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Blessing Hanuman with Necklace of Rama

Natural Brass
Affable Copper Gold
Alluring Silver Brown Gold
Amazing Chola
Black Green Gold
Double Chola
Blessing Hanuman with Necklace of Rama
$695.00
Color
Item Code: ZDP50
Specifications:
Brass Statue
17 inch Height x 11.3 inch Width x 9 inch Depth
13 kg
This statue of Hanuman representing him seated cross-legged as in Yoga-mudra, and his right hand held granting abhaya – protection from fear, is a form of his image rarely represented in arts, and not much consistent to his personality and overall cult. The most humble divinity Hanuman always claimed for him the status of the Rama’s servant, even that of his emissary only rarely. In some of the moments of crisis he even rescued his master Rama but his humility made him announce only that not a grain of his strength is his own, and whatever he has he draws perpetually from his master. Obviously, the masters’ assumptive posture, as reveals in abhaya-granting mode, could hardly be an humble servant’s bearing. Commemoration of the name of Rama apart, Hanuman is not known to resort to any formal rituals and Yoga like formal practices. Even a sitting posture does not much befit with his overall personality of an alert servant always on heels. Hence, a statue representing him as seated in Yogasana reveals new dimensions of his image.

One possessed of unfathomable knowledge, immeasurable virtues and unparalleled might, as he has been lauded in texts, Hanuman is exceptionally humble, kind and compassionate. Except whatever mythicism, metaphysics, mysticism, or the principles of cosmic unity or oneness of existence that his form : a blend of human and animal aspects, suggests, Hanuman does not have associated with him any philosophy or dogmatism. He seems to have never promoted the cult of rigorous penance, not even one of his devotees in the entire body of mythology ever indulging in it. He is content in being the bridge between his devotee and his master. Such is his humility that his protection is assured even when he is commemorated simply by his name. His mere presence, or name, dispels every evil and leads to success in every walk of life.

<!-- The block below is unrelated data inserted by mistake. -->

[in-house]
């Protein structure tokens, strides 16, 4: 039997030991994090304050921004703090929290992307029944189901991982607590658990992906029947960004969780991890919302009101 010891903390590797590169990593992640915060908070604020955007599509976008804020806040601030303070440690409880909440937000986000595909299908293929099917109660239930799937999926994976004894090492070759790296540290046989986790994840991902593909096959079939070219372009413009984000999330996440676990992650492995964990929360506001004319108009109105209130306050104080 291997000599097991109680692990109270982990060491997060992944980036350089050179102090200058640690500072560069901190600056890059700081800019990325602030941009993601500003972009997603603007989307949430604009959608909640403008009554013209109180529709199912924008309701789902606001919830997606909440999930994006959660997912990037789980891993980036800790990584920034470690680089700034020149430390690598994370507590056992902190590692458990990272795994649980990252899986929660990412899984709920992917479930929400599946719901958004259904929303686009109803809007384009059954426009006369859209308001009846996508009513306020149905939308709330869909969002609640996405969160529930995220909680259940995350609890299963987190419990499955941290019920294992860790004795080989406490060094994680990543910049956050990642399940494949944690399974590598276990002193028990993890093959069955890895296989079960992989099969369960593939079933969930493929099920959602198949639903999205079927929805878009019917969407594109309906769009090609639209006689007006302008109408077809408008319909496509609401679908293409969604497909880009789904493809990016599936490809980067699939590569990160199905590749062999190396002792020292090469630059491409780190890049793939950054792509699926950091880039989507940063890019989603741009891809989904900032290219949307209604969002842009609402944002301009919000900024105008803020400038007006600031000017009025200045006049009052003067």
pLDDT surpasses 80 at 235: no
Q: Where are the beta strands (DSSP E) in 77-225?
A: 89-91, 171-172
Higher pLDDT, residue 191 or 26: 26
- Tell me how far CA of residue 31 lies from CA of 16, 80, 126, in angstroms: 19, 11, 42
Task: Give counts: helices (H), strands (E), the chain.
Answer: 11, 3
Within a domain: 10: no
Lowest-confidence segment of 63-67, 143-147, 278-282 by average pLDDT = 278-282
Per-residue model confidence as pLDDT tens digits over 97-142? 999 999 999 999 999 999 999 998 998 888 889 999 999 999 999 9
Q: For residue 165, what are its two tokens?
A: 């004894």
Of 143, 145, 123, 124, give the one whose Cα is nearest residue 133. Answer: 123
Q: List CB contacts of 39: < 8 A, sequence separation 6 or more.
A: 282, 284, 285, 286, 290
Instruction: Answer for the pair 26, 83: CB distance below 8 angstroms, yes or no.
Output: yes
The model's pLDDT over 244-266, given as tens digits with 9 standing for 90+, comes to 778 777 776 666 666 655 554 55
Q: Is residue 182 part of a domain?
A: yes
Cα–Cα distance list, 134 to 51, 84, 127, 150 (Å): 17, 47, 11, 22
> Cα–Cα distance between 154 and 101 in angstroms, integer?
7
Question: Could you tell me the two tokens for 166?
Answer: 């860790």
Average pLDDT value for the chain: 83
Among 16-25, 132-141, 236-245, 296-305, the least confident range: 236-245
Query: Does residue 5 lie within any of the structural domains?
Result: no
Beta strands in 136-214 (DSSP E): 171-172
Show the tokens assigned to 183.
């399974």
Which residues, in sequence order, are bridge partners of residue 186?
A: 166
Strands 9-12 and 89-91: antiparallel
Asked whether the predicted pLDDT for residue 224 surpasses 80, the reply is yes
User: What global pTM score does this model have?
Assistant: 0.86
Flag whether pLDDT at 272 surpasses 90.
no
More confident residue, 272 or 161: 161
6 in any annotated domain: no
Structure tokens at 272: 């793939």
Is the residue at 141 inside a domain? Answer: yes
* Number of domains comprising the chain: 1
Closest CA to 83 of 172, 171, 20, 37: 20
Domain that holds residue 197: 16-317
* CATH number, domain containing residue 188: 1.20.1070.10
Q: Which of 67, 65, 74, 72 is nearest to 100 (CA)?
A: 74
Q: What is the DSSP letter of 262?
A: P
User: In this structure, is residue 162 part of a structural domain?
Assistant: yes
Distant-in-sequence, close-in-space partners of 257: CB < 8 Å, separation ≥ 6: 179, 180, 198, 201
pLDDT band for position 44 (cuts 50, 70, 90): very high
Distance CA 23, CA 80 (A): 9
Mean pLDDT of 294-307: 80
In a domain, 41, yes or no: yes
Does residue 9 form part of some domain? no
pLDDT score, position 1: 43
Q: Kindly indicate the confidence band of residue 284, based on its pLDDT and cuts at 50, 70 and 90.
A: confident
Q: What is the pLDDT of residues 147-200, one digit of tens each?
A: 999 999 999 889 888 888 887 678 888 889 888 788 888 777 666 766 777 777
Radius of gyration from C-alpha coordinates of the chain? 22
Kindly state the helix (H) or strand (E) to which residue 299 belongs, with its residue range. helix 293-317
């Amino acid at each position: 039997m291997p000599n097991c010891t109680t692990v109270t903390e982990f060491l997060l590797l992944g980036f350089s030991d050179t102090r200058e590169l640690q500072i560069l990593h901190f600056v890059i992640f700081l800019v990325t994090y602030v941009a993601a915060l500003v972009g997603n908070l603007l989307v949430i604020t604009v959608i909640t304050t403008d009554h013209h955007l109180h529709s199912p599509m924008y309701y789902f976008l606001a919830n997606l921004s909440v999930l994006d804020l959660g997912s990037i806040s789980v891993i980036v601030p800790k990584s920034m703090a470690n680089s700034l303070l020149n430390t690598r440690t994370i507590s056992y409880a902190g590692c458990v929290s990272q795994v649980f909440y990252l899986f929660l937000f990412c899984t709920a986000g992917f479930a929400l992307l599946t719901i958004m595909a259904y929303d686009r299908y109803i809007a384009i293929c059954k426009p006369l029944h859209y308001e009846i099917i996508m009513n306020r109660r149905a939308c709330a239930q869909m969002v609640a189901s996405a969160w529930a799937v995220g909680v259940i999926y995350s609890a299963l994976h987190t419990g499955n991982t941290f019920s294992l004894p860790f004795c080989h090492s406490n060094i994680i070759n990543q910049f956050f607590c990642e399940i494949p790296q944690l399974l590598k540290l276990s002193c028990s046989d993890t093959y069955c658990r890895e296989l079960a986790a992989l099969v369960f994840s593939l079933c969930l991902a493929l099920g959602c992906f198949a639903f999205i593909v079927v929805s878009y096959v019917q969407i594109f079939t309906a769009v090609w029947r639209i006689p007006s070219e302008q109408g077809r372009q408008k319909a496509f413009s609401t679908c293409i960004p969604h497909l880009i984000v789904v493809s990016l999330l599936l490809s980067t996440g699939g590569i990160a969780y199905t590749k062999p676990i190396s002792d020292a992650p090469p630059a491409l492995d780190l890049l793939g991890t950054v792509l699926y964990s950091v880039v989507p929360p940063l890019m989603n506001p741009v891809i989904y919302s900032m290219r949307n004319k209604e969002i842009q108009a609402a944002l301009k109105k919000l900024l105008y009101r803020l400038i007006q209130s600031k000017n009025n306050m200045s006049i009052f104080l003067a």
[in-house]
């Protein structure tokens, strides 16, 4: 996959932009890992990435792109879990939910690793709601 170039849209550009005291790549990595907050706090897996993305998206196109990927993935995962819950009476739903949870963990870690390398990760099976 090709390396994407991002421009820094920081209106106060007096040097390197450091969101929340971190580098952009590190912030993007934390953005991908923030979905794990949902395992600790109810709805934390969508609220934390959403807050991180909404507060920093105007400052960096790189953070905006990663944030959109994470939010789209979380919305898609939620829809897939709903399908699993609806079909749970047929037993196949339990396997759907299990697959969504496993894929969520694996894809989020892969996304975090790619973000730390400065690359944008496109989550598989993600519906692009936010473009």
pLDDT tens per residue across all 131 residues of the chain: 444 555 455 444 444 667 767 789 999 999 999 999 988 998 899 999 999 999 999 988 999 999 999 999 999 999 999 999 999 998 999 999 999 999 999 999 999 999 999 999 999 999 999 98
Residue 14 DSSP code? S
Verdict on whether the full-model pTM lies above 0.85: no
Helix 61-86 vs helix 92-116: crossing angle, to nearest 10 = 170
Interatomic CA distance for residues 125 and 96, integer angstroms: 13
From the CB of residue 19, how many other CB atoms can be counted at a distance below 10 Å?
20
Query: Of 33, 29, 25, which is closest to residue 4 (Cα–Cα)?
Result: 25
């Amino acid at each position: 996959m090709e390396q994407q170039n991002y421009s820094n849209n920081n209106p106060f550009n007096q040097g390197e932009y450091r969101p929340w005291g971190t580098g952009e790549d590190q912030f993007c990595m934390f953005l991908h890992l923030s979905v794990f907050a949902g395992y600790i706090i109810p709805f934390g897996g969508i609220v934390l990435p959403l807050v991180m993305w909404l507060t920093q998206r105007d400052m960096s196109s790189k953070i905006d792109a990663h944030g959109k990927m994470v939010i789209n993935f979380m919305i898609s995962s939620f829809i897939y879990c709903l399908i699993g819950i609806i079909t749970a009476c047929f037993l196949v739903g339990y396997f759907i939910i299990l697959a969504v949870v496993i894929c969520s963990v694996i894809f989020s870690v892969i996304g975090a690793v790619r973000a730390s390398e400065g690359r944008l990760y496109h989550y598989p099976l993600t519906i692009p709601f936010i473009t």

One of the most loved Indian deities, and far widely worshipped with a greater number of shrines dedicated to him than to his master Rama, this brass statue represents Hanuman as seated cross-legged with no formal seat, even a simple pedestal, under him, carrying in his left hand his most usual attribute mace, while the right is held in the gesture of granting ‘abhaya’, one, assuring freedom from fear, and other, ensuring it. Though greatly refined, in the style of face with greater emphasis on its monkey-aspect, voluminous and bold figure with tough look, and in heavily conceived ornaments the image reveals Hanuman’s basic ethnic character. As contend many scholars, like Kali Hanuman too was a divinity worshipped since long by aboriginal tribes, and in whatever degree, that ethnicity has been always an inevitable element in his imagery.

The statue cast in fine brass with some parts polished, revealing gold-like lustre, and others : recesses, folds and shaded parts, and details of wears, left unpolished creating by contrast the effects of lines, reveals a painted piece like two-colour effect. The monkey god clad in loincloth, carrying a sash on his shoulders, and putting on the frontal decorative ‘pata’ in the parting of legs trailing down to the foreground, is sitting with a firm posture. His figure has been conceived with an oval face framed with a well-trimmed beard on the lower side, and with the headgear, on the upper. His little projected mouth blends with the monkey face the face of a lion. He has wide open eyes with bows-like arching eyebrows, well fed cheeks and moderately wide forehead with a Vaishnava tilaka mark in the centre. The monkey god is putting on a tall crown and a few ornaments, large size ‘kundalasa’ – ear-ornaments, a broad necklace with a large pendant with ‘Rama’ inscribed on it, a two-laced necklace and a large garland, much like the Vaishnava Vaijayanti, trailing down his lap, and bangles on arms, wrists and ankles. Though with a narrow breadth covering just the groins, the border of the loincloth has been beautifully and elaborately designed using floral and geometric design-motifs.

This description by Prof. P.C. Jain and Dr Daljeet. Prof. Jain specializes on the aesthetics of ancient Indian literature. Dr Daljeet is the chief curator of the Visual Arts Gallery at the National Museum of India, New Delhi. They have both collaborated on numerous books on Indian art and culture.

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